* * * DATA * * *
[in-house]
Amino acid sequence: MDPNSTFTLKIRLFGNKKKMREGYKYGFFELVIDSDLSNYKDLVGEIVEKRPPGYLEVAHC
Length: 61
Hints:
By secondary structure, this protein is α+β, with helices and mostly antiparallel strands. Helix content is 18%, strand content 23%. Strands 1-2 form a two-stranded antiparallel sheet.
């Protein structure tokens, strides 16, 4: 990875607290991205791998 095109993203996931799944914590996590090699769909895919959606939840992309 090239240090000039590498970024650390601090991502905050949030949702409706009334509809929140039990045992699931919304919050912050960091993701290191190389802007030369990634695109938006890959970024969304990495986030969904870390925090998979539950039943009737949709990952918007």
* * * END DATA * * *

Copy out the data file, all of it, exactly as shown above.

[in-house]
Amino acid sequence: MDPNSTFTLKIRLFGNKKKMREGYKYGFFELVIDSDLSNYKDLVGEIVEKRPPGYLEVAHC
Length: 61
Hints:
By secondary structure, this protein is α+β, with helices and mostly antiparallel strands. Helix content is 18%, strand content 23%. Strands 1-2 form a two-stranded antiparallel sheet.
């Protein structure tokens, strides 16, 4: 990875607290991205791998 095109993203996931799944914590996590090699769909895919959606939840992309 090239240090000039590498970024650390601090991502905050949030949702409706009334509809929140039990045992699931919304919050912050960091993701290191190389802007030369990634695109938006890959970024969304990495986030969904870390925090998979539950039943009737949709990952918007």